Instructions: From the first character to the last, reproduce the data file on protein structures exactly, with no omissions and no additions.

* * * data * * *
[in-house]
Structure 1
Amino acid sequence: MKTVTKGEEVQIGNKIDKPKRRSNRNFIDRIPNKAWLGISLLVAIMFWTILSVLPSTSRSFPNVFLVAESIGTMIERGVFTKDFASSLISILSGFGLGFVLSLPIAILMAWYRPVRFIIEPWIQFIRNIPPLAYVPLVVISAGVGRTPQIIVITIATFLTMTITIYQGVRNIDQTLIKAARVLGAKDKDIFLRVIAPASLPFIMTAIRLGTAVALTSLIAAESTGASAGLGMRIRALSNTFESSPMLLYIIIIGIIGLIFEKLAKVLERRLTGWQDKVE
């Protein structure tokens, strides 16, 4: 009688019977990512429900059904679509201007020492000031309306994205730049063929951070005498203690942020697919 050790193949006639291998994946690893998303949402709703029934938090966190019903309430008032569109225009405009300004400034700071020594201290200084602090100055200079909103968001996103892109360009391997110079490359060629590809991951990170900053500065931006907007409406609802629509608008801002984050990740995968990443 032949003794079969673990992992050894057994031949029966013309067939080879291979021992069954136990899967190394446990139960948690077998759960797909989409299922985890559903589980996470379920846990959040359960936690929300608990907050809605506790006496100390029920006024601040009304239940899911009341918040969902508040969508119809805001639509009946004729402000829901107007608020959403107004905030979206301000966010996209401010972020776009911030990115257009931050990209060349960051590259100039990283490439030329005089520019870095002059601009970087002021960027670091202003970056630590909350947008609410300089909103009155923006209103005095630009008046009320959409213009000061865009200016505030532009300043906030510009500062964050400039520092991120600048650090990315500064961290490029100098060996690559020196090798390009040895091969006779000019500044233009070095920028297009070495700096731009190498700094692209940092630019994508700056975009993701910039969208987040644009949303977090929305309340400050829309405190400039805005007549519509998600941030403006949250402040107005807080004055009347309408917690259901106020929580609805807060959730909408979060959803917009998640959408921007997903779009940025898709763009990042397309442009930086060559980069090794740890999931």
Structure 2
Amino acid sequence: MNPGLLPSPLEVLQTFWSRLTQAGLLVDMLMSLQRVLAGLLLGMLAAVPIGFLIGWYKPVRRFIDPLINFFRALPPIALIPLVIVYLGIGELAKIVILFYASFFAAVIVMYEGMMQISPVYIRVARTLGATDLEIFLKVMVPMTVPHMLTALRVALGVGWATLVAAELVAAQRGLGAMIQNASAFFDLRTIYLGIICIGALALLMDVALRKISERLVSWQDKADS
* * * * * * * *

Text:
[in-house]
Structure 1
Amino acid sequence: MKTVTKGEEVQIGNKIDKPKRRSNRNFIDRIPNKAWLGISLLVAIMFWTILSVLPSTSRSFPNVFLVAESIGTMIERGVFTKDFASSLISILSGFGLGFVLSLPIAILMAWYRPVRFIIEPWIQFIRNIPPLAYVPLVVISAGVGRTPQIIVITIATFLTMTITIYQGVRNIDQTLIKAARVLGAKDKDIFLRVIAPASLPFIMTAIRLGTAVALTSLIAAESTGASAGLGMRIRALSNTFESSPMLLYIIIIGIIGLIFEKLAKVLERRLTGWQDKVE
């Protein structure tokens, strides 16, 4: 009688019977990512429900059904679509201007020492000031309306994205730049063929951070005498203690942020697919 050790193949006639291998994946690893998303949402709703029934938090966190019903309430008032569109225009405009300004400034700071020594201290200084602090100055200079909103968001996103892109360009391997110079490359060629590809991951990170900053500065931006907007409406609802629509608008801002984050990740995968990443 032949003794079969673990992992050894057994031949029966013309067939080879291979021992069954136990899967190394446990139960948690077998759960797909989409299922985890559903589980996470379920846990959040359960936690929300608990907050809605506790006496100390029920006024601040009304239940899911009341918040969902508040969508119809805001639509009946004729402000829901107007608020959403107004905030979206301000966010996209401010972020776009911030990115257009931050990209060349960051590259100039990283490439030329005089520019870095002059601009970087002021960027670091202003970056630590909350947008609410300089909103009155923006209103005095630009008046009320959409213009000061865009200016505030532009300043906030510009500062964050400039520092991120600048650090990315500064961290490029100098060996690559020196090798390009040895091969006779000019500044233009070095920028297009070495700096731009190498700094692209940092630019994508700056975009993701910039969208987040644009949303977090929305309340400050829309405190400039805005007549519509998600941030403006949250402040107005807080004055009347309408917690259901106020929580609805807060959730909408979060959803917009998640959408921007997903779009940025898709763009990042397309442009930086060559980069090794740890999931």
Structure 2
Amino acid sequence: MNPGLLPSPLEVLQTFWSRLTQAGLLVDMLMSLQRVLAGLLLGMLAAVPIGFLIGWYKPVRRFIDPLINFFRALPPIALIPLVIVYLGIGELAKIVILFYASFFAAVIVMYEGMMQISPVYIRVARTLGATDLEIFLKVMVPMTVPHMLTALRVALGVGWATLVAAELVAAQRGLGAMIQNASAFFDLRTIYLGIICIGALALLMDVALRKISERLVSWQDKADS